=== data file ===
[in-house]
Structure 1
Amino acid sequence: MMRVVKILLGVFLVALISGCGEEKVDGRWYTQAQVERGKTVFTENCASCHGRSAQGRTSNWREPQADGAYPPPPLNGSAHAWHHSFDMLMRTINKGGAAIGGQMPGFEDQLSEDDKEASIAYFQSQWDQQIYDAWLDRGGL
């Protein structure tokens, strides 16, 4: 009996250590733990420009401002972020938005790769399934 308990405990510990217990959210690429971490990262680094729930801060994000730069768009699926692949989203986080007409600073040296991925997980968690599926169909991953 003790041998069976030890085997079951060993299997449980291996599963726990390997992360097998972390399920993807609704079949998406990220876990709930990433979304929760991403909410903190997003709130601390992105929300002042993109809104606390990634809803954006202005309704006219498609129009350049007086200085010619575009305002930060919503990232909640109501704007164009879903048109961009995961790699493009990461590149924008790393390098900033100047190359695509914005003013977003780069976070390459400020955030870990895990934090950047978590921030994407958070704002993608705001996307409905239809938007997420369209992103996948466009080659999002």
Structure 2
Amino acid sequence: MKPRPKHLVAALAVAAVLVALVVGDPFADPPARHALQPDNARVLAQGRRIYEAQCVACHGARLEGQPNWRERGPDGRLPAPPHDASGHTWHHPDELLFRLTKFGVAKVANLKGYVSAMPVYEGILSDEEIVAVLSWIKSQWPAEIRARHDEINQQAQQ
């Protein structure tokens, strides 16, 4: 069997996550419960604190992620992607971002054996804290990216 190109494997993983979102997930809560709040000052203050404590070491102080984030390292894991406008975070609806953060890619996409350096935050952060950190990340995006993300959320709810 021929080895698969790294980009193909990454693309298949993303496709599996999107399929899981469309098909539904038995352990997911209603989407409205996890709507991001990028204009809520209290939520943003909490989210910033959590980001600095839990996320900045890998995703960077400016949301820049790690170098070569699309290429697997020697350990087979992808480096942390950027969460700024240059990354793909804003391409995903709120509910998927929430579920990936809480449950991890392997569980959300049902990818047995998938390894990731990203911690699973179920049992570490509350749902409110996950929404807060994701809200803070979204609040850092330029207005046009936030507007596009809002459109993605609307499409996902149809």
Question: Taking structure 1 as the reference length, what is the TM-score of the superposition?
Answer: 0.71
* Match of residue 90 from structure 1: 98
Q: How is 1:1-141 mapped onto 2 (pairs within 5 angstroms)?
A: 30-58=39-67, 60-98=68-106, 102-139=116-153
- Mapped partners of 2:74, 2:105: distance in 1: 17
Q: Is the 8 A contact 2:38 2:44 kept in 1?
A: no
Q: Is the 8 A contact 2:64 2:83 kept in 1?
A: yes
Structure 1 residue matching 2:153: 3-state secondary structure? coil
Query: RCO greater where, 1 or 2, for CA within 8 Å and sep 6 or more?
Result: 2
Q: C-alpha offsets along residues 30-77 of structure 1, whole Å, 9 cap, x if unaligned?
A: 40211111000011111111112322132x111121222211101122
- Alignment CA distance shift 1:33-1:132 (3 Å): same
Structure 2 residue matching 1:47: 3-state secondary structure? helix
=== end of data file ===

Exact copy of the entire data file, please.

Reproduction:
[in-house]
Structure 1
Amino acid sequence: MMRVVKILLGVFLVALISGCGEEKVDGRWYTQAQVERGKTVFTENCASCHGRSAQGRTSNWREPQADGAYPPPPLNGSAHAWHHSFDMLMRTINKGGAAIGGQMPGFEDQLSEDDKEASIAYFQSQWDQQIYDAWLDRGGL
């Protein structure tokens, strides 16, 4: 009996250590733990420009401002972020938005790769399934 308990405990510990217990959210690429971490990262680094729930801060994000730069768009699926692949989203986080007409600073040296991925997980968690599926169909991953 003790041998069976030890085997079951060993299997449980291996599963726990390997992360097998972390399920993807609704079949998406990220876990709930990433979304929760991403909410903190997003709130601390992105929300002042993109809104606390990634809803954006202005309704006219498609129009350049007086200085010619575009305002930060919503990232909640109501704007164009879903048109961009995961790699493009990461590149924008790393390098900033100047190359695509914005003013977003780069976070390459400020955030870990895990934090950047978590921030994407958070704002993608705001996307409905239809938007997420369209992103996948466009080659999002």
Structure 2
Amino acid sequence: MKPRPKHLVAALAVAAVLVALVVGDPFADPPARHALQPDNARVLAQGRRIYEAQCVACHGARLEGQPNWRERGPDGRLPAPPHDASGHTWHHPDELLFRLTKFGVAKVANLKGYVSAMPVYEGILSDEEIVAVLSWIKSQWPAEIRARHDEINQQAQQ
């Protein structure tokens, strides 16, 4: 069997996550419960604190992620992607971002054996804290990216 190109494997993983979102997930809560709040000052203050404590070491102080984030390292894991406008975070609806953060890619996409350096935050952060950190990340995006993300959320709810 021929080895698969790294980009193909990454693309298949993303496709599996999107399929899981469309098909539904038995352990997911209603989407409205996890709507991001990028204009809520209290939520943003909490989210910033959590980001600095839990996320900045890998995703960077400016949301820049790690170098070569699309290429697997020697350990087979992808480096942390950027969460700024240059990354793909804003391409995903709120509910998927929430579920990936809480449950991890392997569980959300049902990818047995998938390894990731990203911690699973179920049992570490509350749902409110996950929404807060994701809200803070979204609040850092330029207005046009936030507007596009809002459109993605609307499409996902149809």
Question: Taking structure 1 as the reference length, what is the TM-score of the superposition?
Answer: 0.71
* Match of residue 90 from structure 1: 98
Q: How is 1:1-141 mapped onto 2 (pairs within 5 angstroms)?
A: 30-58=39-67, 60-98=68-106, 102-139=116-153
- Mapped partners of 2:74, 2:105: distance in 1: 17
Q: Is the 8 A contact 2:38 2:44 kept in 1?
A: no
Q: Is the 8 A contact 2:64 2:83 kept in 1?
A: yes
Structure 1 residue matching 2:153: 3-state secondary structure? coil
Query: RCO greater where, 1 or 2, for CA within 8 Å and sep 6 or more?
Result: 2
Q: C-alpha offsets along residues 30-77 of structure 1, whole Å, 9 cap, x if unaligned?
A: 40211111000011111111112322132x111121222211101122
- Alignment CA distance shift 1:33-1:132 (3 Å): same
Structure 2 residue matching 1:47: 3-state secondary structure? helix